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SBJ/February 13-19, 2012/Marketing and SponsorshipPrint All
Jim Pyne, the brother of IMG Sports & Entertainment President George Pyne, is taking legal action against IMG, alleging that it owes him millions of dollars in commission for a sponsorship he sold last year.
Jim Pyne was a vice president at
IMG College until late last year.
Jim Pyne didn’t return phone calls or emails seeking comment.
According to multiple sources familiar with the dispute, Jim Pyne claims he is owed as much as $6 million in commission on a sponsorship IMG College sold UPS last year. When IMG closed the UPS deal late last summer, the company’s college division called it the largest college sports sponsorship ever, a four-year pact that included rights across 68 colleges, reportedly worth $100 million. The exact amount Pyne, who played a central role in the agreement, claims he is owed could not be confirmed. Standard sales commissions are approximately 10 percent in the sports business industry.
Pyne, who was vice president of national sales at IMG College, left the company abruptly late last year with no public explanation. The circumstances surrounding his departure have since been much discussed among sales and agency executives.
Documents relating to the litigation could not be found. It’s possible the case could be under seal.
Having it sealed would not come as a surprise to Christopher Chase, an attorney with Frankfurt Kurnit Klein & Selz, New York, whose sports clients include the NHL and Dunkin’ Donuts, a large sports sponsorship buyer. Chase said, “You are looking at a case where someone’s looking for what they believe is fair compensation, which means there will be information about pricing that might not otherwise become public.”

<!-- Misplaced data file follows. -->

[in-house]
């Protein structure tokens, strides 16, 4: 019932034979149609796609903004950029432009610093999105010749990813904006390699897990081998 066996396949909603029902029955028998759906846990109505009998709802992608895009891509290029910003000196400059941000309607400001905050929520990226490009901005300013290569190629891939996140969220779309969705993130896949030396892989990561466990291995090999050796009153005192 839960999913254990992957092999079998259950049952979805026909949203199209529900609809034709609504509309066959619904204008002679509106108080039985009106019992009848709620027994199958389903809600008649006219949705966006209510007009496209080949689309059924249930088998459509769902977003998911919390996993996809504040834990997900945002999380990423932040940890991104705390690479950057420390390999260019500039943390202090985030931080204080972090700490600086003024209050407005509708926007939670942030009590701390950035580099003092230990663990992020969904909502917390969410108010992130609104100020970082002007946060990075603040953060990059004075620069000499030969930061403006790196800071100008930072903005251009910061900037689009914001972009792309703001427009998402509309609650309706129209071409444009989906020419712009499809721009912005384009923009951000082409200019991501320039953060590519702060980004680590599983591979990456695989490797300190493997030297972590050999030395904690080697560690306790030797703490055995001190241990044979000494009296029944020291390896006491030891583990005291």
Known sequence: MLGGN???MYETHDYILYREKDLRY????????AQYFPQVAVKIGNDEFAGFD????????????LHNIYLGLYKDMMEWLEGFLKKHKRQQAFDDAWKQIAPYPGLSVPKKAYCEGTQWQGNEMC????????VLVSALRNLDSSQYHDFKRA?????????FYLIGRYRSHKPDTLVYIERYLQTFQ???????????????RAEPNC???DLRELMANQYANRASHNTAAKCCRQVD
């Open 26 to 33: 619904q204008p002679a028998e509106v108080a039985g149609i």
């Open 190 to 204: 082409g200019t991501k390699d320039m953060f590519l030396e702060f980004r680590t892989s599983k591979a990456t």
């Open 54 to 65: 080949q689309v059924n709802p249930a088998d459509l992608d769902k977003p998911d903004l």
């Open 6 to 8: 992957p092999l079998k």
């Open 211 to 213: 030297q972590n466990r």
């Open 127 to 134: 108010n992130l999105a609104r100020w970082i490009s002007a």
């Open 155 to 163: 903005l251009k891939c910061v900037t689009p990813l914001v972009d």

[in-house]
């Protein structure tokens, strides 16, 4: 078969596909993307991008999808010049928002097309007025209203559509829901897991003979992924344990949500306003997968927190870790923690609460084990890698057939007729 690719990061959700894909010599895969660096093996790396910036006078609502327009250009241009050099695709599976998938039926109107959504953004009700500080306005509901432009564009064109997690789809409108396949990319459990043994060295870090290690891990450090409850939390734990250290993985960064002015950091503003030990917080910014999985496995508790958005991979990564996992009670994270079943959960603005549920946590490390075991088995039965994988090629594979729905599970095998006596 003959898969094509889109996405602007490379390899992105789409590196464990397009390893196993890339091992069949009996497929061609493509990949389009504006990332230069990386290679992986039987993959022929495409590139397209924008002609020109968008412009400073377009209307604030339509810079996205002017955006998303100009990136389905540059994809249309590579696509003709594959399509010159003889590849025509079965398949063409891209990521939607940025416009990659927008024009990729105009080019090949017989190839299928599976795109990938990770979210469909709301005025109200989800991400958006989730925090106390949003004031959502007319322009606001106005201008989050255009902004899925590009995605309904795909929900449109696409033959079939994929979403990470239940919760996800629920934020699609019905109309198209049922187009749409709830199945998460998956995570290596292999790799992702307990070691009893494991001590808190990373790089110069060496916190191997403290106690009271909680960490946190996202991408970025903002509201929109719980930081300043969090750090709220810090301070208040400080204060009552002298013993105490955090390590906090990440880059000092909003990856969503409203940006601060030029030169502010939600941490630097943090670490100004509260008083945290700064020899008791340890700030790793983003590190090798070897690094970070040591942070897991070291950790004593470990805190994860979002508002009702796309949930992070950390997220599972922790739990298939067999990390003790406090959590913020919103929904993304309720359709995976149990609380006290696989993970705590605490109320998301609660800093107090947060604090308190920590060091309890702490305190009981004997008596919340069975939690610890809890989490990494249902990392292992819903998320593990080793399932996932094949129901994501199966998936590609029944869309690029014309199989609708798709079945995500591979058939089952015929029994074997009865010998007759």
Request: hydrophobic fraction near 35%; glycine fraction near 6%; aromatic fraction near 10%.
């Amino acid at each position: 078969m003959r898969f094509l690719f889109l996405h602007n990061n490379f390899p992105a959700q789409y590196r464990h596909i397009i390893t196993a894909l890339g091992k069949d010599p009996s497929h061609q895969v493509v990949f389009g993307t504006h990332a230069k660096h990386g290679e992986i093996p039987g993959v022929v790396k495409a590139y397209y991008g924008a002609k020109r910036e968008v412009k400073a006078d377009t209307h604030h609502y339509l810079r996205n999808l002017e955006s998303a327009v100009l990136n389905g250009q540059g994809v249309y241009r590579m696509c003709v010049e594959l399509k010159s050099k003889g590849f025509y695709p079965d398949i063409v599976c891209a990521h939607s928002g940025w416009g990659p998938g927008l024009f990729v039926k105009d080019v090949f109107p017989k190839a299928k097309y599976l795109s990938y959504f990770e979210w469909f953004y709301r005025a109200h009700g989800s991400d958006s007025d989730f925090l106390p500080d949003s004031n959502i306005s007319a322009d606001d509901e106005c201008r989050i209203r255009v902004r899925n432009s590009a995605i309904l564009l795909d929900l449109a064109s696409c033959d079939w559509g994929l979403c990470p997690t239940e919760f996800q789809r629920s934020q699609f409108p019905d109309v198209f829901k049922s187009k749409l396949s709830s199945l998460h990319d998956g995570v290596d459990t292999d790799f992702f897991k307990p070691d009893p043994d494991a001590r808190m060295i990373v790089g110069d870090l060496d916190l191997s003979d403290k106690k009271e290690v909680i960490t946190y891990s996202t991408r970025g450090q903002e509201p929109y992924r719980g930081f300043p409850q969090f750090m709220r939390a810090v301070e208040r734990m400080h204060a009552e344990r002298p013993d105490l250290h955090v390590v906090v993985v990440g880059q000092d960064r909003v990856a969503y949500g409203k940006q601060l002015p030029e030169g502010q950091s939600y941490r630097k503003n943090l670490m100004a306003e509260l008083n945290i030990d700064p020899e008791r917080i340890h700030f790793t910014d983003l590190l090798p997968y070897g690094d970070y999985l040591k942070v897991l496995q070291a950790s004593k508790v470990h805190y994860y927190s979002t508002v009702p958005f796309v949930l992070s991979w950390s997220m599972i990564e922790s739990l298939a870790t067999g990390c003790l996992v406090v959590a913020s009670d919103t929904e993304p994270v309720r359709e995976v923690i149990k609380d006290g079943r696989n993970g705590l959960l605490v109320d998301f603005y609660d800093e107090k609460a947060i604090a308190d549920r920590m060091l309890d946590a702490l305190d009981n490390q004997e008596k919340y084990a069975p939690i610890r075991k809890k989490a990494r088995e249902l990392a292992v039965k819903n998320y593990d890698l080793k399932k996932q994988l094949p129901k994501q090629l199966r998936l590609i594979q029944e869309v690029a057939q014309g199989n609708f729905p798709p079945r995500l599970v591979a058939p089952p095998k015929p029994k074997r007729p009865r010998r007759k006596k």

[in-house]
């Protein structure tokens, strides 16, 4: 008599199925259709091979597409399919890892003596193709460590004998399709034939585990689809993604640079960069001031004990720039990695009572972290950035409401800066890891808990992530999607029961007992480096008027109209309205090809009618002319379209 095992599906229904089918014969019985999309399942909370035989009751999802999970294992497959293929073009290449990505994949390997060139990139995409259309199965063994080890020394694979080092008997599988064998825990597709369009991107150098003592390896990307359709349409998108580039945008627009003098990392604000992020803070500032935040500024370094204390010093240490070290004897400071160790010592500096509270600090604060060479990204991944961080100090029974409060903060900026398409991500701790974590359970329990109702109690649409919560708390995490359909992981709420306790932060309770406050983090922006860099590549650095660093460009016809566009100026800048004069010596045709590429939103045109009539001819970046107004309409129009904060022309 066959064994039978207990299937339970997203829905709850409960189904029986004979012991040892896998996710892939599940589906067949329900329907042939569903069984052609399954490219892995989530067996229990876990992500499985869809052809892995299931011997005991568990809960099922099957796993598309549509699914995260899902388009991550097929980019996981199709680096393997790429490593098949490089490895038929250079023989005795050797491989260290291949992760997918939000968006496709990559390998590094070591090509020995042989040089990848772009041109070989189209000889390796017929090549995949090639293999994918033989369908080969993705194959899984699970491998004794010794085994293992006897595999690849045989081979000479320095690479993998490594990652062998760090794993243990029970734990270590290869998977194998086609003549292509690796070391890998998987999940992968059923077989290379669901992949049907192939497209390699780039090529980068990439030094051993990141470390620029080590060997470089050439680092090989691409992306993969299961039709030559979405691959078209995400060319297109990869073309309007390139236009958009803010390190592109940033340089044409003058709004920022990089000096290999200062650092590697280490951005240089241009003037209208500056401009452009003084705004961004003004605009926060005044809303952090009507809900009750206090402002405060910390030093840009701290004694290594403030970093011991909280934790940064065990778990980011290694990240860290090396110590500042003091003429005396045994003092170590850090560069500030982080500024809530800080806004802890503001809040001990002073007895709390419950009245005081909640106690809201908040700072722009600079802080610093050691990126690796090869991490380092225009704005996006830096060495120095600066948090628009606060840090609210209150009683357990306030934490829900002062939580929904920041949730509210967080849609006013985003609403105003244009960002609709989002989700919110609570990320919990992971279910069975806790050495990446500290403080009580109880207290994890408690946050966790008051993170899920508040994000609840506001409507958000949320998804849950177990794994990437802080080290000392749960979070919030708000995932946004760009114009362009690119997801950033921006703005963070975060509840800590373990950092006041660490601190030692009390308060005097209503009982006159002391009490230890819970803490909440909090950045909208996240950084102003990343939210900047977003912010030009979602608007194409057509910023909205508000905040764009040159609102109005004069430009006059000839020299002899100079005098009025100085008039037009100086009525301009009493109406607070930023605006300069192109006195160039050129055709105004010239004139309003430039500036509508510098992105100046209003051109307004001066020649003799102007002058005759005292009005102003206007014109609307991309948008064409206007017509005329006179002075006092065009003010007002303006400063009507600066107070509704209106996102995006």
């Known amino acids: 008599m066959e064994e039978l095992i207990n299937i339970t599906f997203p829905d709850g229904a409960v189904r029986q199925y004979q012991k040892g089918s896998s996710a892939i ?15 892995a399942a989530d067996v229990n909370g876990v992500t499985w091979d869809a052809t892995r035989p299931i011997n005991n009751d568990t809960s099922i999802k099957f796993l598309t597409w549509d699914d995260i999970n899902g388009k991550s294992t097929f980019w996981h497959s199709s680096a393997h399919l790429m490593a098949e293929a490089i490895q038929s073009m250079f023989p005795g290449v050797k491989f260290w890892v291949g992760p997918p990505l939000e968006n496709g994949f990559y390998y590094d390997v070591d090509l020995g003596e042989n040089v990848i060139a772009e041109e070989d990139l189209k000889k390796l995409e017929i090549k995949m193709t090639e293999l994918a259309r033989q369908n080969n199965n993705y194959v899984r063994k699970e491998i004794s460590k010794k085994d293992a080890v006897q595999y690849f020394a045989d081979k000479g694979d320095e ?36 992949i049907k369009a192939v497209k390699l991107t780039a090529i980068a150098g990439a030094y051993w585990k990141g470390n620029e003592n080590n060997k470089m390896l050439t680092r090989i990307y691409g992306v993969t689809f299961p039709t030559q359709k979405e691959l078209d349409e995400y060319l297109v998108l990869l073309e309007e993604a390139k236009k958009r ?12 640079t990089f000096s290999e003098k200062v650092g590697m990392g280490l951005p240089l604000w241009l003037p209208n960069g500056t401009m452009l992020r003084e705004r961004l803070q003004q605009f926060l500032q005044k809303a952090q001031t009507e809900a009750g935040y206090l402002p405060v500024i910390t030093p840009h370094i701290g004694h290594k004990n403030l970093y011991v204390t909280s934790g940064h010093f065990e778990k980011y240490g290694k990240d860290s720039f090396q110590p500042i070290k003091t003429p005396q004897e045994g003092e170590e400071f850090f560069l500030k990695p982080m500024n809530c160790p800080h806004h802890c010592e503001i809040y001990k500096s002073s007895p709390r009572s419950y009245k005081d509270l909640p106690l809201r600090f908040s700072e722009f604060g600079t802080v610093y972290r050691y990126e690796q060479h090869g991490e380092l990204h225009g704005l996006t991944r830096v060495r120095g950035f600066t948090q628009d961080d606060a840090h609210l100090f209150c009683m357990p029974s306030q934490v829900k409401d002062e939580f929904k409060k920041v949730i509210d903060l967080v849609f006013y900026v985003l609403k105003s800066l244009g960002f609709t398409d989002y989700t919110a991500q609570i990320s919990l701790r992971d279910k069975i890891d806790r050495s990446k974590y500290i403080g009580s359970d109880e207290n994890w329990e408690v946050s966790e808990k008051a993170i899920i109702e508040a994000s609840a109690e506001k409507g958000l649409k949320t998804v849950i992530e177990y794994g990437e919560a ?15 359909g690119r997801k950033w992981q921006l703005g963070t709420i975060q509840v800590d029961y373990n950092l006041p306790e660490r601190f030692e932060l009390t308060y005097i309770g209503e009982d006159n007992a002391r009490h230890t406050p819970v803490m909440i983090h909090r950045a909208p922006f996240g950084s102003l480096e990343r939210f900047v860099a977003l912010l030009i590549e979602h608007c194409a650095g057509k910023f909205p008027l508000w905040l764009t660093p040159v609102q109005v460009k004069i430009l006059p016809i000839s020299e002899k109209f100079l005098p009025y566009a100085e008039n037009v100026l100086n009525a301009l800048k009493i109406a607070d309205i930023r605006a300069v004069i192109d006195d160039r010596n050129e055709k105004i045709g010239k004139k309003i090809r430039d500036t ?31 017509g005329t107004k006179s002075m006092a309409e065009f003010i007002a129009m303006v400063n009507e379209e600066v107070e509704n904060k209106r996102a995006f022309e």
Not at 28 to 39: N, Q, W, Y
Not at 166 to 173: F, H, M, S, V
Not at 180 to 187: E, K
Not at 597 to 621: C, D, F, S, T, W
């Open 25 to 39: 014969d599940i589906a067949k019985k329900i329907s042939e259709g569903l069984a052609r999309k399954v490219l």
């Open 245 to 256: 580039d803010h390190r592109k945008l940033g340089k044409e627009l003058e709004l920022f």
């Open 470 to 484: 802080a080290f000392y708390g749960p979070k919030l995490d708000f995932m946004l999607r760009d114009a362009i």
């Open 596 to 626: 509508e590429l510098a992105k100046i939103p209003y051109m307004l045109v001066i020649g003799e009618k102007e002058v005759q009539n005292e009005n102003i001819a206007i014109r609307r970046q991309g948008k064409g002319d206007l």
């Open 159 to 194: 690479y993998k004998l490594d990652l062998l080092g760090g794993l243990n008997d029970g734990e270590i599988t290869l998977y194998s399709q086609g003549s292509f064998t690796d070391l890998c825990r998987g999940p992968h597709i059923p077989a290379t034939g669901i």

Chase said that while he had no specific knowledge of this case, in his experience, mediation and arbitration, both binding and non-binding, are more typical in compensation disputes.
Former IMG employee Rob Prazmark, the founder of 21 Marketing, said he had a complex contract with the company that included a dispute resolution clause. He said that the company took employment contracts seriously and frowned upon employees who disputed areas of their contract.
“It’s a spider web of legality and it’s filled with catch-22s,” said Prazmark, who left IMG in 2006. “The company defends the position it takes with an employee because, if it didn’t, it would set a precedent that would allow floodgates to open for things that would be harmful for IMG, like agents leaving with people or property.”
Prazmark pointed to the recent case of former IMG agent Matthew Baldwin. The coaches agent left IMG in 2010 to join CAA and filed a lawsuit seeking a court order invalidating his non-compete and non-solicitation agreements with IMG. But IMG countersued in Ohio. The lawsuits were settled, but Baldwin ultimately left CAA.
Jim Pyne joined IMG in 2008, two years after his brother was named president of IMG Sports & Entertainment, and worked as director of corporate partnerships for the Southeastern Conference, which IMG represents. He transitioned to national sales at IMG College in 2010, and his most noteworthy deal was the UPS sponsorship.
Prior to joining IMG, he worked in management consulting at the Elevation Group of Companies. He’s also a former NFL offensive lineman who played eight seasons in the NFL.